As for “pinning people down”, she probably wouldn’t have been much use if the patient was 6’6″ and built like a brick outhouse, but that’s not a reason to discriminate against short, slim employees. Again, the hospital undoubtedly has procedures to cope with that situation.

      At uni, I had a study partner who was a Muslim from Indonesia. During homework sessions, he would take off to the Student Union to say his prayers. It only took a few minutes. It was never that big a deal. Do you ever take time out for a ciggie break? Or to go to the toilet? Or for a conversation with a friend? Lighten up! We’re not talking about the workhouse here.

      A devout Muslim is required to pray five times a day: once first thing in the morning, once last thing at night, and the other three at various points in the day. In the course of a standard eight-hour shift, they’re not not likely to need a prayer break more than once. Your assertion of “frequently” is an exaggeration — what a shame that you feel the need to resort to hyperbole.

      By the way, it’s not a full burkha if her face is uncovered.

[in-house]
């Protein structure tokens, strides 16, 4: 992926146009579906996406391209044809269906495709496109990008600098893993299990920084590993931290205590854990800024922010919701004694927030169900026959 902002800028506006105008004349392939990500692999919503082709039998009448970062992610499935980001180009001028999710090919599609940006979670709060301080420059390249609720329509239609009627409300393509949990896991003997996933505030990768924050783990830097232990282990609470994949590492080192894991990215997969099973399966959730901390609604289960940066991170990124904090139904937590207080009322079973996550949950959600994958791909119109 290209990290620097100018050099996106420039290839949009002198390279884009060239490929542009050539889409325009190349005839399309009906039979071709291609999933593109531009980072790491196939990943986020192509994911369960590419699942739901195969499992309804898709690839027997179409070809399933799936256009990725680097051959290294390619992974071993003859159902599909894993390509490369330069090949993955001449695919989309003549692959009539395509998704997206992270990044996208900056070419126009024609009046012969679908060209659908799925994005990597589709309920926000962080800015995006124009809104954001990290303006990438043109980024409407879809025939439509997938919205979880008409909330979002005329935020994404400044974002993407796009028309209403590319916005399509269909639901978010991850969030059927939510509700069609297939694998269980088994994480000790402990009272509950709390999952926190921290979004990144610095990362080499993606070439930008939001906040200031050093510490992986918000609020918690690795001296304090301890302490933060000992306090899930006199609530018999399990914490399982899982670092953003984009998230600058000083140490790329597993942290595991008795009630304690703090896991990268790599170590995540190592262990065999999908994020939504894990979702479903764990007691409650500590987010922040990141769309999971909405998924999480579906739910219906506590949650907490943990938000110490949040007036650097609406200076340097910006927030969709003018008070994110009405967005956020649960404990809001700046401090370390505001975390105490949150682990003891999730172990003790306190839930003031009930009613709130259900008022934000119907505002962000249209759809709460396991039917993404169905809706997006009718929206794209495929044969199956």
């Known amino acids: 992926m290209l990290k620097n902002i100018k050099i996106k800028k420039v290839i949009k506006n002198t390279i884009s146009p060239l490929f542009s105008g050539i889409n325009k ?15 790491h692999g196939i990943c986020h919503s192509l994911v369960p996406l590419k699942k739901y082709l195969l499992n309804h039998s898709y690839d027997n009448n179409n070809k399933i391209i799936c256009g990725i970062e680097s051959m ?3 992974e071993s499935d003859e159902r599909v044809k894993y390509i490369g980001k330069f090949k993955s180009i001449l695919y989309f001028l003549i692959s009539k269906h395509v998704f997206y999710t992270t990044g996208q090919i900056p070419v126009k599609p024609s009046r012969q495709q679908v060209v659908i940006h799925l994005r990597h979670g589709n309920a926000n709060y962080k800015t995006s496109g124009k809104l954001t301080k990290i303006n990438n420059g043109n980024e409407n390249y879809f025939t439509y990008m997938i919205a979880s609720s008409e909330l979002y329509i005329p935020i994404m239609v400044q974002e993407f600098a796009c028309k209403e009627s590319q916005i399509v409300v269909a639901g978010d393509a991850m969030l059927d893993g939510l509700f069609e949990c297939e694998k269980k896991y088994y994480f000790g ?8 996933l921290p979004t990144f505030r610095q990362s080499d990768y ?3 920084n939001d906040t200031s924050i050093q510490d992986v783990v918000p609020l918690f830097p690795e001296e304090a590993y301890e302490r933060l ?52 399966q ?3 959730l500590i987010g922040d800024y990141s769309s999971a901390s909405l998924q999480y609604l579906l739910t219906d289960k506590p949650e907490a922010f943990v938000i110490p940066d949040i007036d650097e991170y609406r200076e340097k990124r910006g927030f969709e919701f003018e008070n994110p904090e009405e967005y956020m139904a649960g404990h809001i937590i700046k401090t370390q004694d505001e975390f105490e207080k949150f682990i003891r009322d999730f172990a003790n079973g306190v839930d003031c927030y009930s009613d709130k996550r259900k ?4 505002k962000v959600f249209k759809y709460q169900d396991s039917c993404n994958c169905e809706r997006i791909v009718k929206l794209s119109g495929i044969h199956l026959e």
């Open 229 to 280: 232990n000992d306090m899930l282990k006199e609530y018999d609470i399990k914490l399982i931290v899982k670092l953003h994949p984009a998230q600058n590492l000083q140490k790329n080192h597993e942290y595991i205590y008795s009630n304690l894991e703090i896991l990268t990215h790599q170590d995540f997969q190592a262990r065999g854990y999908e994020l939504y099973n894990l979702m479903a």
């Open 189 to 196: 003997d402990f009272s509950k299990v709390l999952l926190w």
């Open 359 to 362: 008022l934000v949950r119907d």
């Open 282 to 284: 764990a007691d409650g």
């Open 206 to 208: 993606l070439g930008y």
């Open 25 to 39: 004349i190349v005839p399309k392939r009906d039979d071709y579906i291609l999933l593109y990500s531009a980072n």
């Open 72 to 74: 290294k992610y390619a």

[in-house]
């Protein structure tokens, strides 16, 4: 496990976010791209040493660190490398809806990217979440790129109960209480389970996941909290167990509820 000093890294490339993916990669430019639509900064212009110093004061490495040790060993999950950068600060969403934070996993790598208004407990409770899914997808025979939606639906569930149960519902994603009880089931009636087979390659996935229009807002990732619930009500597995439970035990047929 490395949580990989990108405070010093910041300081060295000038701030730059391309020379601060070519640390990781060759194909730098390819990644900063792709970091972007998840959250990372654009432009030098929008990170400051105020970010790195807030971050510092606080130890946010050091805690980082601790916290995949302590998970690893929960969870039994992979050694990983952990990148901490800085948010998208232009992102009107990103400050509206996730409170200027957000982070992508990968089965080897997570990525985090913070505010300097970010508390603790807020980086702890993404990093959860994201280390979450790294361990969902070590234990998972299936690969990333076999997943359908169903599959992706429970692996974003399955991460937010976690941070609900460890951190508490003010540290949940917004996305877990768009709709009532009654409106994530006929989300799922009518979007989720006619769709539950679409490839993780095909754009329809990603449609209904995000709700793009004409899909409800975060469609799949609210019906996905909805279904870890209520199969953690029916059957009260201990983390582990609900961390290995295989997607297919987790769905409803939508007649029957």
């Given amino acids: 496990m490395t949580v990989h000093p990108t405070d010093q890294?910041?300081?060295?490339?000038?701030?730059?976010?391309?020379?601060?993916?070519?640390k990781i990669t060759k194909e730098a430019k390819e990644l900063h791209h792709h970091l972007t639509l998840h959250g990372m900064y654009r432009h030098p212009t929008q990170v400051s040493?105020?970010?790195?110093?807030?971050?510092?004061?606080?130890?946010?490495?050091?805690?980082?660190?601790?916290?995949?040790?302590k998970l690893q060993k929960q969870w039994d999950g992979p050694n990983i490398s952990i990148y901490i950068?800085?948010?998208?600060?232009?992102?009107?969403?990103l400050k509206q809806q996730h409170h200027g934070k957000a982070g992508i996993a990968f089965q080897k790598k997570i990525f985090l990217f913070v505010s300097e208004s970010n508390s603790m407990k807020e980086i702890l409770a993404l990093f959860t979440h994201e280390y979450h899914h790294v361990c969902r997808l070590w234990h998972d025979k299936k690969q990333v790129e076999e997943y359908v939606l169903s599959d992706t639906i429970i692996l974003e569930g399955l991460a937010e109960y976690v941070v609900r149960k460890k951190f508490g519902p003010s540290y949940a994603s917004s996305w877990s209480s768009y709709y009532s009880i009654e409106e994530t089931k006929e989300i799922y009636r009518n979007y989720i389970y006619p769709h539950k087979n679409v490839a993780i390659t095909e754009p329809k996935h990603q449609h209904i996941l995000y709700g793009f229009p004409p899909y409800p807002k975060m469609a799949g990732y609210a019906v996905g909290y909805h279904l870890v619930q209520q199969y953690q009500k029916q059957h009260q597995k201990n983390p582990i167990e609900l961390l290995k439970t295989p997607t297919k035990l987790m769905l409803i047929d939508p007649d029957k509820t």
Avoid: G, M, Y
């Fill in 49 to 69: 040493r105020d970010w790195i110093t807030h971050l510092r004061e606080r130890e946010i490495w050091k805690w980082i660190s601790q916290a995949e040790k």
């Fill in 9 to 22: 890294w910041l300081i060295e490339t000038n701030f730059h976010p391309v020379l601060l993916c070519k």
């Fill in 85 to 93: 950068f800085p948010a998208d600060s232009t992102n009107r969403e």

• Kevin

    public faith has declined in Britain

    Legal barriers to the living of a Christian life are precisely the issue in these cases.

  • Rue de la Loi

    What is striking about this is that on the very day that Dave is shifting the recumbent bodies slumped in the deckchairs on the poop deck of the Coalition, HMG is in Strasbourg arguing for a position that is surely inimical to Conservative views on this.

    There was no obligation for the UK to defend these proceedings and public opinion both on the merits of the case and on the disutility of having this sort of matter determined by the ECHR would have been better served by not respondng to the application at all. What motivated the Attorney General to send counsel to advance the disgraceful argument (so it is reported) that Christians persecuted for wearing an unobtrusive cross should just lump it or get another job?

  • james102

    The freedom to agree with the political class was a feature
    of National Socialist Germany and the USSR.

  • Marcus

    It’s difficult to have any respect for Christians these days, out of touch doesn’t come close!

    • Terry